I dunno what I’m saying, except that I will miss him. I already miss him… In psychological terms, this is called “anticipatory grief” but it just feels sad to me. My husband came back Friday from visiting his family and Sunday we got a call from my husband’s mother saying his father has a chest infection. Since he is so deeply in dementia the whole family has agreed not to treat his infection—my husband agreed, too—and eventually he will likely succumb to this infection, so we are just waiting for news. My mother-in-law doesn’t usually call like this, so this conveyed the seriousness of the situation.

I love them both so much. It’s hard to know people I love are going through such sadness, and not be able to do anything.

This is a picture of my mother-in-law and me on the day I married her son:

Guinevere's wedding

Such a happy day.

What if I can actually choose what I think and what I do? God put these second parents in my life… and I can choose to learn from them. Or not. Today I choose to learn. One thing I can learn is to plan some travel. I want to go somewhere warm within the next three or four months of next year. I think my father-in-law would like that.

As for the first prompt… The bonus assignment is much easier than the prompt itself. Easier for me to talk to my past-self. What I would say is, You’re a good person. Good enough to stop taking that Lorcet every day. If you can’t stop by yourself, get help. It’s not doing your headaches or your body pain any good to take it. For godsake.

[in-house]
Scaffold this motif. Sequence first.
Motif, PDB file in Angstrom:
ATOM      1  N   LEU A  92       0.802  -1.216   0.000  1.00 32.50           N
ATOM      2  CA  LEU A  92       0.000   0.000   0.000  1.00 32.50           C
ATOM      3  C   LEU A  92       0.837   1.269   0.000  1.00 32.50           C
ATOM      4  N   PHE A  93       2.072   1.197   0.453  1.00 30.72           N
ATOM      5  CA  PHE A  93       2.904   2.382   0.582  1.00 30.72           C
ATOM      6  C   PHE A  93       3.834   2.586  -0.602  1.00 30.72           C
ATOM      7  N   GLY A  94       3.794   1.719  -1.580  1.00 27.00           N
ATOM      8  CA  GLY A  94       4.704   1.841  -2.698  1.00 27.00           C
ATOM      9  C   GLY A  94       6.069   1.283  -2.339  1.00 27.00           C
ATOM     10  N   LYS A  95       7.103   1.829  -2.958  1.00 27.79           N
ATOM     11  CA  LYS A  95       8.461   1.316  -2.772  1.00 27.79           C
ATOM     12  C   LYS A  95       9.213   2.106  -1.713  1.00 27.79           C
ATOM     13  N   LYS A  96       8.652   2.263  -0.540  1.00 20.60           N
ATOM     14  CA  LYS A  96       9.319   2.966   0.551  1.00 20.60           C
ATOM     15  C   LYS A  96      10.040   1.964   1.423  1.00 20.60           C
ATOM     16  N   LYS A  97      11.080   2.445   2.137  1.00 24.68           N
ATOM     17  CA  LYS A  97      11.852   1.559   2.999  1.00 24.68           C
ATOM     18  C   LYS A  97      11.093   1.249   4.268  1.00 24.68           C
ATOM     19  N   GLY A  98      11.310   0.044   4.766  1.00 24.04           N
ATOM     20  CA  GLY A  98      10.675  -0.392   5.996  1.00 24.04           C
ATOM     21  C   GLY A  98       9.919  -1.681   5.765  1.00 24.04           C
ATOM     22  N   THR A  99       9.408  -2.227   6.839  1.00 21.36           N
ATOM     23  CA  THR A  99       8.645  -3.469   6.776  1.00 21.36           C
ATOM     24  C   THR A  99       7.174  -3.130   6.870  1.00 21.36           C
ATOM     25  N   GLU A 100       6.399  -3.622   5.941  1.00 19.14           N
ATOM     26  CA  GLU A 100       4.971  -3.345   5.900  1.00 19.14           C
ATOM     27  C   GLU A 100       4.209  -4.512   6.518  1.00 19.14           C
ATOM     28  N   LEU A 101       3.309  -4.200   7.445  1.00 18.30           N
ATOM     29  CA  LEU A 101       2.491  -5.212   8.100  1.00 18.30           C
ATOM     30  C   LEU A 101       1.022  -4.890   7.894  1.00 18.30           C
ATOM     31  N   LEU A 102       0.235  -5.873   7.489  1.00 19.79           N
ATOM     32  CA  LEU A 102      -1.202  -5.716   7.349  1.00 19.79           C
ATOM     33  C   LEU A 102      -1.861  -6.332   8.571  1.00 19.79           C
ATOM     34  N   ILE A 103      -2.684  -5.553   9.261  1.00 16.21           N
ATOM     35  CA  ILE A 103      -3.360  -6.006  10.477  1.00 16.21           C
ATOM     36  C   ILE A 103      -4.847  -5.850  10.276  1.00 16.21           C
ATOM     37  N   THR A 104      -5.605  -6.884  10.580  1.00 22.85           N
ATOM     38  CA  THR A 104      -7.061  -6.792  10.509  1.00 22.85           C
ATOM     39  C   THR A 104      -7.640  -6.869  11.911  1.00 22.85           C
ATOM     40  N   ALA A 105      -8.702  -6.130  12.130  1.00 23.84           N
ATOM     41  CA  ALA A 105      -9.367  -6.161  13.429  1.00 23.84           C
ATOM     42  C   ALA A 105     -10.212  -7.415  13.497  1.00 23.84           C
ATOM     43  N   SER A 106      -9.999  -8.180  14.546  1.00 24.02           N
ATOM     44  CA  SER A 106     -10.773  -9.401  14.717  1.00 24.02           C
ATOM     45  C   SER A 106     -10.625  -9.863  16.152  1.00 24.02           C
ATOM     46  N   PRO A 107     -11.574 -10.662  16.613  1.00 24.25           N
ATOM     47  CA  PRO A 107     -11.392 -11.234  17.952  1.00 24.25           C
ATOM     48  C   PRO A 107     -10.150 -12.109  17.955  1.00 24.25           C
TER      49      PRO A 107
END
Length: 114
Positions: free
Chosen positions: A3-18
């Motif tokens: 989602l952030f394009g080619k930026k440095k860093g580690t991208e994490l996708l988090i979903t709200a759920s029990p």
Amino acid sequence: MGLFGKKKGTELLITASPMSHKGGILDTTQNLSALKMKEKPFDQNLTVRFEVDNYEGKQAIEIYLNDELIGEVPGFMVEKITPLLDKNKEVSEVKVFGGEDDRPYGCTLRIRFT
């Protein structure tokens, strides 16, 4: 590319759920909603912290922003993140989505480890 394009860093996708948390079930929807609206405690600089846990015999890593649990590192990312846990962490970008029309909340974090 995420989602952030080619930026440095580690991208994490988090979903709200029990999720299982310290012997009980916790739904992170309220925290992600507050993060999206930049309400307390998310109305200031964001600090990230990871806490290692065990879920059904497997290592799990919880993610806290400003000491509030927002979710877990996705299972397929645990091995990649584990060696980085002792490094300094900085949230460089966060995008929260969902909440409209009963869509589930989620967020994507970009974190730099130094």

I’d say, Look in your files: You have good work to show people.

I’d say, People are kind, by and large. Be fearless.

I’d say, Go for it. Have fun trying.

I’d say, I love you.

Which is I guess what I will need to hear five years from now. And today, too.


  1. This was lovely to read. I have a mother-in-law who has put her hands on my face, too. It is such a loving, generous gesture. Intimate really. My father-in-law, who is quite narcissistic, uncharacteristically put both his hands on my face the last time I saw him so your photo speaks to me. I can learn from this.

  2. What a poignant post. I was so sorry to read about your father in law. He sounds like he has a cracking sense of humour and a man in love with France is a man true to my heart. Its a very special place and his generosity all the more obvious by him wanting to show it to you (I know that trip over the Atlantic – its seriously dull except when you go over Greenland!).

    I relate to what your point about Anticipatory Grief. I feel like I am going through it with Hannah even though she is alive and ‘well’. Your case is very different and I am so sorry for what you are all going through. I lost my mother in law to lung cancer a few years ago. I was so worried for my husband that I didnt think about how it would impact me until much later. You are here, now. As hard as it is, it is courageous. Be proud. I am 🙂 x

  3. G – Such a loving tribute to your husband’s parents. I can’t think of a nicer compliment than to have a daughter/son-in-law say such wonderful things about me. It certainly says a lot about your husband, as well, and what a good man he must be. Genuine generosity, such as your father-in-law’s, is so admirable – and inspirational – – – to give “for fun and for free”. I’m sorry you’re essentially just hanging out, waiting for the word that he’s gone. I’m sure he feels and knows your love, which will bring him comfort as he takes his final journey. Thinking of you. P.

  4. Beautiful post. I wish that I had such a family. But I had a family that loved me as much as they could. That is something to treasure. Your father-in-law sounds like a good man. I hope he will go out of this life easily.